Thus, there is an association between the oral hygiene, DC and LP but further studies are required to establish a definite relation between lipid peroxidation and dental caries. This will be helpful in prevention of DC and establish the role of oxidant-antioxidant system in pathogenesis of DC leading to their therapeutic applications in DC.

Author Affiliations

1. Dr.Gargi Sarode, Senior Lecturer, 2. Dr.Anjali Shelar, Post Graduate Student, 3. Dr.Sachin Sarode, Associate Professor, 4. Dr.Neeta Bagul, Professor, Department of Oral Pathology and Microbiology, Dr. D.Y.Patil Dental College and Hospital, Pimpri, Pune, Maharashtra, India-

411018.

Acknowledgement

We would like to thank all the staff members from Department of Oral Pathology and Microbiology for their support & cooperation.

References

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9. Tsai CC, Chen HS, Chen SL, Ho YP, Ho KY, Wu YM, et al. Lipid peroxidation: A possible role in the induction and progression of chronic periodontitis. J Periodontal Res 2005;40:378-84.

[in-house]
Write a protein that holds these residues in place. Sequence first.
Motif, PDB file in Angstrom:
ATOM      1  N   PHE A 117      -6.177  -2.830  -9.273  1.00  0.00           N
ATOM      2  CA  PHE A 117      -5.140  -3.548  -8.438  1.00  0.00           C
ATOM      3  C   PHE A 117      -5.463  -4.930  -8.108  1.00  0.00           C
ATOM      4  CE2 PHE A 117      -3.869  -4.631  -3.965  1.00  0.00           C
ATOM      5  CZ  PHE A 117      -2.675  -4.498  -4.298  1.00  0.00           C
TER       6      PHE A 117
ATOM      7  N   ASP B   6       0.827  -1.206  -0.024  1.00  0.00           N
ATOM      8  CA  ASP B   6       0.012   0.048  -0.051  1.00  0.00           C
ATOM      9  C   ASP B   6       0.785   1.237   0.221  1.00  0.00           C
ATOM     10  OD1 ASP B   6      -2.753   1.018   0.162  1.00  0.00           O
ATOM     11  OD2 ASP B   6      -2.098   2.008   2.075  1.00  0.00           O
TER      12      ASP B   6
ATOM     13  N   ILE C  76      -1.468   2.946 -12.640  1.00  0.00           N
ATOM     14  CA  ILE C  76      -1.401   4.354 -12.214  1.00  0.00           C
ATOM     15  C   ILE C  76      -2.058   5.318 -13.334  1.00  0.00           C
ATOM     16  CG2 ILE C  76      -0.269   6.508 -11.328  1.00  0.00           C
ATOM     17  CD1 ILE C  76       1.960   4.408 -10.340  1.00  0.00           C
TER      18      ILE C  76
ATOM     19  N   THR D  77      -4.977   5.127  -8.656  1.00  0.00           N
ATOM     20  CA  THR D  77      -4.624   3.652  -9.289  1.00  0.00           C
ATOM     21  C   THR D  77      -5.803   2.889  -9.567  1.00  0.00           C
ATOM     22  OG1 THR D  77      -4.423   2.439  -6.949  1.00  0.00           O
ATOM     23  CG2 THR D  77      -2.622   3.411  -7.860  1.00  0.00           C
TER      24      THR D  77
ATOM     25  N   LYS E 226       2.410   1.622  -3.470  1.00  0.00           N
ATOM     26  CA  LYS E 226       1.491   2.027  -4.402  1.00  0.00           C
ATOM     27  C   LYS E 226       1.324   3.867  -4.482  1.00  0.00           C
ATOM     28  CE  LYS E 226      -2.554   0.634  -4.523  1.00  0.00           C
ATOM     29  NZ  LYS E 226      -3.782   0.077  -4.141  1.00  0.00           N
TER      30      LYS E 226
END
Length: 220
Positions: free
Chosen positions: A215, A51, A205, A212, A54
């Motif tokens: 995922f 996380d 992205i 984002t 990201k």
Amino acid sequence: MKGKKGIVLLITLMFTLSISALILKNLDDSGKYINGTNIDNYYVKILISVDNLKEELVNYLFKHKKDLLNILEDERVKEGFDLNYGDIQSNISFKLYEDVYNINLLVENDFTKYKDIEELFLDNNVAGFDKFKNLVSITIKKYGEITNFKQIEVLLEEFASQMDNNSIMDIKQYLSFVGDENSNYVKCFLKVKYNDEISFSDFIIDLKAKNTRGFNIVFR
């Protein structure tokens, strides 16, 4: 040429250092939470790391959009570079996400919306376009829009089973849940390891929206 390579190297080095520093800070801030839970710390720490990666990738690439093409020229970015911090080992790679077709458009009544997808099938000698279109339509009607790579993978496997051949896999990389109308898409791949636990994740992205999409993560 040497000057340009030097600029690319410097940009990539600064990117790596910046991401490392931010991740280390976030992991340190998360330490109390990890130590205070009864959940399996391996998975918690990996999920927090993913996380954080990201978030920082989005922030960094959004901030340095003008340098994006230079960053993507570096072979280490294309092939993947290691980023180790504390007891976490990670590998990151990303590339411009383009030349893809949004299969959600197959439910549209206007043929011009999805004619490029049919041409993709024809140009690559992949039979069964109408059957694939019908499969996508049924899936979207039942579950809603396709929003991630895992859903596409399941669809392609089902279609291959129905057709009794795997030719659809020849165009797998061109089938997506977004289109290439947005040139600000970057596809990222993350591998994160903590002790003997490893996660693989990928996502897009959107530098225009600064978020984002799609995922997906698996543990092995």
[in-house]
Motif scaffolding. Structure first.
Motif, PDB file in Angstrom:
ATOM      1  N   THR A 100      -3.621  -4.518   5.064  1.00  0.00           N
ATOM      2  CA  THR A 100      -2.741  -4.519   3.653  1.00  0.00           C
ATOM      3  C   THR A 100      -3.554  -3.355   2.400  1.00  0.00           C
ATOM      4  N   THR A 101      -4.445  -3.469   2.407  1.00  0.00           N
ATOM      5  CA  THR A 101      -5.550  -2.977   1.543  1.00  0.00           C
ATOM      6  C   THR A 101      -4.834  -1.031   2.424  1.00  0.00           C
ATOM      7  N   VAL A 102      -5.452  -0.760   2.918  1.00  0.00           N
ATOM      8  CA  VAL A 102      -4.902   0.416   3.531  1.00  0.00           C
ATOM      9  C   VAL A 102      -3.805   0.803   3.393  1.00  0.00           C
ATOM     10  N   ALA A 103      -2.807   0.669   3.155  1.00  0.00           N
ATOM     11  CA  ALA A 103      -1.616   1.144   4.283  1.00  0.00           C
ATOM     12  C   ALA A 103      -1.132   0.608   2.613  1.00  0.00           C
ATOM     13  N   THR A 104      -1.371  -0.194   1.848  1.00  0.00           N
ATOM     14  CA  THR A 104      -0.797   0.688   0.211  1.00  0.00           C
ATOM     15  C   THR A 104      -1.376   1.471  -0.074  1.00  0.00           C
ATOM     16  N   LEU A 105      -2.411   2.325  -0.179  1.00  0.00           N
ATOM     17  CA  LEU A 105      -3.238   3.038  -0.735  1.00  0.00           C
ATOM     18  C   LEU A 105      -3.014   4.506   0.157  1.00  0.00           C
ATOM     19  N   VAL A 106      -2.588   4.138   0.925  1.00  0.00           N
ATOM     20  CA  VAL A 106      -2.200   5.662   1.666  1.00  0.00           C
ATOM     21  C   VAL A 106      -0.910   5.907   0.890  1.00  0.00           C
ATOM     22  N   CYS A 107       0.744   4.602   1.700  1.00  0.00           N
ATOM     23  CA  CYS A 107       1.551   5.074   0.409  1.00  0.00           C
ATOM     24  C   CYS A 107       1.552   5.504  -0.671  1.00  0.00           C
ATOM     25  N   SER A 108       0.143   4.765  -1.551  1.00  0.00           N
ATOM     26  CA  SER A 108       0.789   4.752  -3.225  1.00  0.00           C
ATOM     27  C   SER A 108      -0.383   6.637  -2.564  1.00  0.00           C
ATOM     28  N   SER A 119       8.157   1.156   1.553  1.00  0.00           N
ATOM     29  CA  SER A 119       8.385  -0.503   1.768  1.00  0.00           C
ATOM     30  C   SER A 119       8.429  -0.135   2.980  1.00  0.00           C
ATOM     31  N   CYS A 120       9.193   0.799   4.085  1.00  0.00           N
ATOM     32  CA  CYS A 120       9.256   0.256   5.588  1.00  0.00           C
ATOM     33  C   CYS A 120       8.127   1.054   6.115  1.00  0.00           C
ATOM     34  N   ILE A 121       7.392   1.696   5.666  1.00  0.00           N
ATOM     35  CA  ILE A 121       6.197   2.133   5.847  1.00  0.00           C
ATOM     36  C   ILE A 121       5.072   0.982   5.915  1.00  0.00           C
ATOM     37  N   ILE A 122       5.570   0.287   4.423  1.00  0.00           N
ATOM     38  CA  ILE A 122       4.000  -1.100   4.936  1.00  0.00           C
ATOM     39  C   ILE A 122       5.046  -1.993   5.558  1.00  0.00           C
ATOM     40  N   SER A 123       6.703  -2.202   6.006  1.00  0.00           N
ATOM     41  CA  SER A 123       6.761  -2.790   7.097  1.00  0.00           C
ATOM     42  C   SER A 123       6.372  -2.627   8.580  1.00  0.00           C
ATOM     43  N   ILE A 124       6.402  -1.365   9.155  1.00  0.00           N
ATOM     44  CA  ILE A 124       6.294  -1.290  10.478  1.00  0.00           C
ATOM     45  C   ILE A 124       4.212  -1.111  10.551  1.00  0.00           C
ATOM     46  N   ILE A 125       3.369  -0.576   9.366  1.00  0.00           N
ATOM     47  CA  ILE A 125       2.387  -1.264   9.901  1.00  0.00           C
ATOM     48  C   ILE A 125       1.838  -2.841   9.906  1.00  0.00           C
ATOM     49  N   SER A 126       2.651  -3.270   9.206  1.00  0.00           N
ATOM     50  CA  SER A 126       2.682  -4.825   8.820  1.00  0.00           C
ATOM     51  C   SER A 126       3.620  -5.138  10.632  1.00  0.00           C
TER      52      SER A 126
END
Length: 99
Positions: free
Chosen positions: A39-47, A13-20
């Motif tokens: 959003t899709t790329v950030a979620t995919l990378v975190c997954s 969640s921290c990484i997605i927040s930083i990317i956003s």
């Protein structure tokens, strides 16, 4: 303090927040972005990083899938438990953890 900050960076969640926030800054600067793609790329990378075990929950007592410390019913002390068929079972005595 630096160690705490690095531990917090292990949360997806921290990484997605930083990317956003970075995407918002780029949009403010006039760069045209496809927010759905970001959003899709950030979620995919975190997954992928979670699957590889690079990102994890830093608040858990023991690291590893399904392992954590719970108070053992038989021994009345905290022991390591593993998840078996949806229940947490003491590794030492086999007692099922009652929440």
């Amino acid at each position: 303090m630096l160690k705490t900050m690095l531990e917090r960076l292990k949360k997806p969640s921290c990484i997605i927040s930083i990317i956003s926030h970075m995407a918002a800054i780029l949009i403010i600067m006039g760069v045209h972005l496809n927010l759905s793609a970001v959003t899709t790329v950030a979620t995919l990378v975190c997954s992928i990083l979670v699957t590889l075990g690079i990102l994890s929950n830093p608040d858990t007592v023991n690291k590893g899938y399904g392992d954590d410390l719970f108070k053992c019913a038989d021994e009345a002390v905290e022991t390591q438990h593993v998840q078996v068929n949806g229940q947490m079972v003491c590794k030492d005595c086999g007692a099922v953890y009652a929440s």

10. Selwitz RH, Ismail AI, Pitts NB. Dental caries. Lancet 2007;369:51-9.
11. Battino M, Ferreiro MS, Gallardo I, Newman HN, Bullon P. The antioxidant capacity of saliva. J Clin Periodontol
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12. Sculley DV, Langley-Evans SC.
Periodontal disease is associated with lower antioxidant capacity in whole saliva and evidence of increased protein oxidation. Clin Sci 2003;105:167-72.
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Corresponding Author Dr.Gargi Sarode, Senior Lecturer,

Department of Oral and Maxillofacial

Pathology,

Dr. D.Y.Patil Dental College and Hospital, Pimpri, Pune, Maharashtra, India-411018.

Email ID: gargi14@gmail.com

Ph: +919823871462

Source of Support: Nil, Conflict of Interest: None Declared.